Recurrence of AF and/or development of AT after RF ablation associated with mitral valve surgery in rheumatic valve disease may impair quality of life and increase long-term risk of stroke and mortality. Catheter- based procedures may be effective to treat recurrent arrhythmias after ineffective surgical ablation procedures for AF after mitral valve replacement. Mamchur et al. [13] included in their study ten consecutive patients (age 48 ± 7 years) with long-persistent AF associated with a rheumatic valve disease, treated by mitral valve replacement with a biological prosthesis and surgical RF ablation procedure. Hemodynamically significant AF, requiring repeated cardioversions, occurred in all patients in the late postoperative period. From 1 to 3 years after the surgery catheter ablation was performed, including reisolation of pulmonary veins with the ablation of ganglionic plexi or linear lesions on the roof of the left atrium and mitral isthmus. Restoration of SR during ablation was achieved in all of the cases and they were free from recurrence at 9 months follow-up.

AT is not an uncommon complication after mitral valve replacement in RHD. Chen et al. [14] reported 21 consecutive RHD patients with AT after valve replacement. The mean interval between the occurrence of symptomatic AT and the surgical intervention was 38.2 ± 48.7 months. The initial procedure was performed on average 8 months after first onset of AT. Electroanatomic mapping demonstrated 18 cavotricuspid isthmusdependent atrial flutter, five right atrial free wall AT and two left AT. Acute success was obtained in 95% (20/21) patients. Radiofrequency catheter ablation needed to be repeated in nine patients, and newly developed left AT was identified in five patients after the first right AT ablation. After a mean follow-up of 42.7 ± 17.3 months, only 33% of the patients remained free of ATs, while 14 and 53% of the patients had AT recurrence or development of AF, respectively.

When patients with RVD and mitral valve prosthesis who were undergoing treatment for recurrent AT after catheter ablation of long-standing persistent AF were compared with a matched control group without RVD a higher incidence of macro or localized re-entrant ATs were identified (87 vs 78.3%) [15]. Patients having greater than or equal to two ATs were more frequent in the RVD group than in the control (78.6 vs 41.1%; p = 0.001). In the RVD group, ATs were successfully terminated 64.3% patients in comparison with 80.4% in control (p = 0.10). After a mean follow-up of 13 months, 16 patients (57.1%) from the RVD group and 45 patients (80.4%) from the control were free of further recurrence (p = 0.02).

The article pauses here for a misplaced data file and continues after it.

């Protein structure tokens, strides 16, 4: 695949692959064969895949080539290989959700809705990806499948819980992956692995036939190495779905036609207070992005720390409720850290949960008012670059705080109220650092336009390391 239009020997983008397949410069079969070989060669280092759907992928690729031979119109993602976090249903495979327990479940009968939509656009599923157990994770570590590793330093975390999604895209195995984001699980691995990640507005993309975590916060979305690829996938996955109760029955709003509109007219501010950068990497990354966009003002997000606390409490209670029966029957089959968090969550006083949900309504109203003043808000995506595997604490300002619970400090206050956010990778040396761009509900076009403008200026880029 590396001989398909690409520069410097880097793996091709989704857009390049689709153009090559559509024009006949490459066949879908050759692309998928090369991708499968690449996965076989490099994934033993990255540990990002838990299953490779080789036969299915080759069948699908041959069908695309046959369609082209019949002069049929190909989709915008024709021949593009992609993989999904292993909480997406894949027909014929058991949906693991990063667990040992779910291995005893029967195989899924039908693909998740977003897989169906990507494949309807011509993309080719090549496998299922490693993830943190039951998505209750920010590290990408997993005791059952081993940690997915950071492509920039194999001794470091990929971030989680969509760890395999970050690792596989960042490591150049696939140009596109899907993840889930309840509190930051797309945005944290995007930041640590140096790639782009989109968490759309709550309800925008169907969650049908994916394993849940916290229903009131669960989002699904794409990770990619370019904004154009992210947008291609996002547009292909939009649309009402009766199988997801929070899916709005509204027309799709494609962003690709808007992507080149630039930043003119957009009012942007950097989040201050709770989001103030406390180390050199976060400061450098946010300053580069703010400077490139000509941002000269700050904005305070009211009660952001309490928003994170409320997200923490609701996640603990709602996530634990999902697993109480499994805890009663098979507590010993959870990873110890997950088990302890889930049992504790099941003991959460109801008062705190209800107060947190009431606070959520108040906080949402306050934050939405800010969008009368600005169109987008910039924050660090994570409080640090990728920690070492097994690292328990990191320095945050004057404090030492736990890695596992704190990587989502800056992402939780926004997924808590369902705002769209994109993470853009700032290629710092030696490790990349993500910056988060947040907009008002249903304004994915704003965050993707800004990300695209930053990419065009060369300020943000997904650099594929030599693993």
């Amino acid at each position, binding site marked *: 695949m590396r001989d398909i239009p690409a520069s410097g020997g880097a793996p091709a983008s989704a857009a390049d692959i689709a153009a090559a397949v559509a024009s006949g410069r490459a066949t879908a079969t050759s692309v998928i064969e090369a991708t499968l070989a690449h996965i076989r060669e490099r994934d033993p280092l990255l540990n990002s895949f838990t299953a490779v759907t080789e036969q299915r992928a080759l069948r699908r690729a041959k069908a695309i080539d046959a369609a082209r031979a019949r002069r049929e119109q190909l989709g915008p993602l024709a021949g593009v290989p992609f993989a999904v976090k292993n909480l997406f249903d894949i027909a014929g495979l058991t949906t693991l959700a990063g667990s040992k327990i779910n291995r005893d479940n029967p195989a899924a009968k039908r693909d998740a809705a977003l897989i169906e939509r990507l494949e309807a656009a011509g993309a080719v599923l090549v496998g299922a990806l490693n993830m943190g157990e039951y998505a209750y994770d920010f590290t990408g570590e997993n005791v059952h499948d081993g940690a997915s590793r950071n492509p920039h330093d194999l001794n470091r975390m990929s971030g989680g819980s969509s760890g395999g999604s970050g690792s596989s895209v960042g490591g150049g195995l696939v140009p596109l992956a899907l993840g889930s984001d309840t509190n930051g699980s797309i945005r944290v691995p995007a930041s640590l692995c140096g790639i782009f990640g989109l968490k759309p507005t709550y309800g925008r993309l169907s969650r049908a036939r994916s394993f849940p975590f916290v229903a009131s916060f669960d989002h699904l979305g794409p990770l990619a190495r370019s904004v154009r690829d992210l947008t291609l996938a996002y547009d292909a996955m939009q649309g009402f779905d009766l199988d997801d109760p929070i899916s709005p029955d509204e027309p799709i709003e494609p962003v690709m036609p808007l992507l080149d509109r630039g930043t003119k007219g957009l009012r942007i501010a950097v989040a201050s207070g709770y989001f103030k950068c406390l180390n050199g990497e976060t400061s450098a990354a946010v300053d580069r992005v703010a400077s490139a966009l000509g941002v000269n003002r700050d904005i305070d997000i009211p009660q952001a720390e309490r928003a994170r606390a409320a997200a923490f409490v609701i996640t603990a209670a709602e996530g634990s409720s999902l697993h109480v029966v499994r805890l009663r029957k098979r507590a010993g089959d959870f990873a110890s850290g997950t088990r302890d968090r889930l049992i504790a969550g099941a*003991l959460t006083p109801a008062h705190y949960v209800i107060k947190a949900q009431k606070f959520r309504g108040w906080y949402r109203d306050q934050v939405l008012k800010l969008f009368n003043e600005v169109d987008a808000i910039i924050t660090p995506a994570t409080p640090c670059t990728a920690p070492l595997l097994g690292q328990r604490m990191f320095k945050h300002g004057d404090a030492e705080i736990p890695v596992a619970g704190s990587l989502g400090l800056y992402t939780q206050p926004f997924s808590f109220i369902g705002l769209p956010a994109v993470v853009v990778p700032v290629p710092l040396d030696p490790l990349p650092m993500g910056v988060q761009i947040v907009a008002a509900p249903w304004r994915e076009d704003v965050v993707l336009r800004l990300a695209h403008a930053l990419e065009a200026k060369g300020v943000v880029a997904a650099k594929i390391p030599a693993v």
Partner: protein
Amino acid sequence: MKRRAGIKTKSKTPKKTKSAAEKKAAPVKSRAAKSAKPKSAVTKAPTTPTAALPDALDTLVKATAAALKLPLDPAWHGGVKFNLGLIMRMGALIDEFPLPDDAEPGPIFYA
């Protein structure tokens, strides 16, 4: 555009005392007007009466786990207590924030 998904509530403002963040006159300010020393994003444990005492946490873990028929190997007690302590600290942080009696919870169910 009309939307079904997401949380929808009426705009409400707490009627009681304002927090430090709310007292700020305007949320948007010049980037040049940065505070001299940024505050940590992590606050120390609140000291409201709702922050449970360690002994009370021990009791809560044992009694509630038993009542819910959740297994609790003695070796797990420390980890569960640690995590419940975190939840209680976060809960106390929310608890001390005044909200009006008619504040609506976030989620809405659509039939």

RHD is characterized by creation of severe tissue injury of the atrial myocardium as a substrate for development and persistence of AF. Recurrences of AF and rate of complex AT are high in patients with RHD after RF ablation associated with mitral valve surgery. Moreover, 15–20% needed definitive pacing. A catheter- based procedure may be useful in treating AF recurrences and late ATs; however, despite a high early success rate, long-term results are poor. Finally, no clear demonstration has been provided of an improvement in terms of quality of life and survival.

In their Editorial, Auer and Brugada [16] under-score the need for reconsidering AF treatment associated with mitral valve surgery in patients with RHD. The need for persistent anticoagulation in patients with mechanical prosthesis; the high risk of severe procedure-associated complications; and, the high risk of recurrences and of late procedure-related arrhythmias make them conclude that “clinical benefit of this procedure has to be more thoroughly assessed”.

Financial & competing interests disclosure

The author has no relevant affiliations or financial involvement with any organization or entity with a financial interest in or financial conflict with the subject matter or materials discussed in the manuscript. This includes employment, consultancies, honoraria, stock ownership or options, expert testimony, grants or patents received or pending, or royalties. No writing assistance was utilized in the production of this manuscript.